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Substance abuse has detrimental effects to both the employer and the employee. Drugs affect the profitability of a company as a result of lowering the productivity of employees, theft and loss of property by employees, accidents on the job, cases of absenteeism and medical claims which are made by employees due to job related accidents. On the part of the employee, drugs affect the health, safety and productivity of the employee. According to the National Household Drug Survey, it is estimated that two thirds of drug abusers are employees.

Of these, three-quarters are full time employers. These are alarming statistics and show why drug-free workplace programs are necessary. As a result of this, many state agencies and private companies are required to put in place drug-free workplace programmes. An example of a company with a drug-free workplace program is The Ohio Bureau of Workers Compensation (BWC). This is a company that serves employers and employees in the State of Ohio by ensuring that all construction companies put in place drug-free workplace programs (DFWP).

Thus the company acts as a law enforcement agency. The BWC has put in place conditions that must be fulfilled by the employers and the employees before they can be allowed to work on state construction jobs. These include; • The employers must have a clear compensation policy. This is to cater for employee compensation. • To be able to operate, a company must fulfill the requirement of a DFWP. • Submission of a yearly report to the BWC on the progress of the program.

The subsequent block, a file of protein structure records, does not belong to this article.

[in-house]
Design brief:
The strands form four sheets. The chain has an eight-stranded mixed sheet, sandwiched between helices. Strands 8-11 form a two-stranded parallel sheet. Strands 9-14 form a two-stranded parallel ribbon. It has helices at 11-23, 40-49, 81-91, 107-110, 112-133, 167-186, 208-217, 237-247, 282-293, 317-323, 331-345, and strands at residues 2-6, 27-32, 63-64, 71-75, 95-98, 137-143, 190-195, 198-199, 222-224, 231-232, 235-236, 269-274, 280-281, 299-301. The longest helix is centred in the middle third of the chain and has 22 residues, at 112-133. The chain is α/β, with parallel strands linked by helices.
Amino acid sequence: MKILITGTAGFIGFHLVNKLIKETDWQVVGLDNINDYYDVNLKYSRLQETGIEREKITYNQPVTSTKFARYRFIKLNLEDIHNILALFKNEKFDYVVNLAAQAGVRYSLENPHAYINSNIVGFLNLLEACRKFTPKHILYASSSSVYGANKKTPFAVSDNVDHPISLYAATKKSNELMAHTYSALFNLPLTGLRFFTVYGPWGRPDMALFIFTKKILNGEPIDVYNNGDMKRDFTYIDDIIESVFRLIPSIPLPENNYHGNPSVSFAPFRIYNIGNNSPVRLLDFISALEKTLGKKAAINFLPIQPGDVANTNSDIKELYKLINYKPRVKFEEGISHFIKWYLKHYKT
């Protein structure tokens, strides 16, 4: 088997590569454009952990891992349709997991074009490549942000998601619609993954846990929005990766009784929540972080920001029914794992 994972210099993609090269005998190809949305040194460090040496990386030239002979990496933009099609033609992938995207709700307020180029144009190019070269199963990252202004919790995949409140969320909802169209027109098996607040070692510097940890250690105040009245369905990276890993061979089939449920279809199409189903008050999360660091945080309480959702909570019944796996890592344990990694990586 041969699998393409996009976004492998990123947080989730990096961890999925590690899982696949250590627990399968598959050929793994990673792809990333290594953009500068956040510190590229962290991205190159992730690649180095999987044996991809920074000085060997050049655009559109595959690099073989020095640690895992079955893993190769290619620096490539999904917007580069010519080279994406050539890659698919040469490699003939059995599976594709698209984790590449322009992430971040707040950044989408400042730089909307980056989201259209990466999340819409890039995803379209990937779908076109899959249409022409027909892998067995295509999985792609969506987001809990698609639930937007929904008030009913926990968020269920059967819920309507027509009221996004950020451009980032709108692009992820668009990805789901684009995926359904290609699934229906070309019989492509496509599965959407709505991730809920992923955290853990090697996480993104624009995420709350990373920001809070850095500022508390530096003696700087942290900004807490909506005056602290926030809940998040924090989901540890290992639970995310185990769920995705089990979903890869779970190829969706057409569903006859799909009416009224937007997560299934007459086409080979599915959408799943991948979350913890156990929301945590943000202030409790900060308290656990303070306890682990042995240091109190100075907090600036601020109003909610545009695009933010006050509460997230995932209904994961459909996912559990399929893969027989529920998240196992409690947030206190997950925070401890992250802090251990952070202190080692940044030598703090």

These policies were put in place so as to ensure that all construction companies comply with the DFWP. This is done in order to enhance employees’ safety at the workplace and reduce the chances of accidents caused by substance use (http://www. ohiobwc. com/employer/services/statecontract/statecontractdescriptions. asp ) The main intent of these programs is to provide a drug-free environment for other employees and a safe service to the public.

The DFWP is meant to enable employers to prevent, detect and take corrective action related to substance use that affects workplace safety. The components of a DFWP include; education and training of supervisors on a yearly basis, testing for drugs and alcohol and offering assistance to the employees in case of drug related problems. a) Education and training of employees and supervisors All employees intending to work on state construction sites must undergo an hour of drug-free workplace education. Supervisors are also required to undertake skill-building training.

Employee education is done so as to make them (employees) aware of the dangers of working under the influence of drugs. Supervisor education is done so as to enhance their (supervisors) ability in handling drug related problems. b) Testing for drugs and alcohol This is the second component of the program and involves testing the employees for drugs and or alcohol. There are several conditions that require employees to be tested. Most employers subject their employees to drug and alcohol testing before hiring them or during probationary period.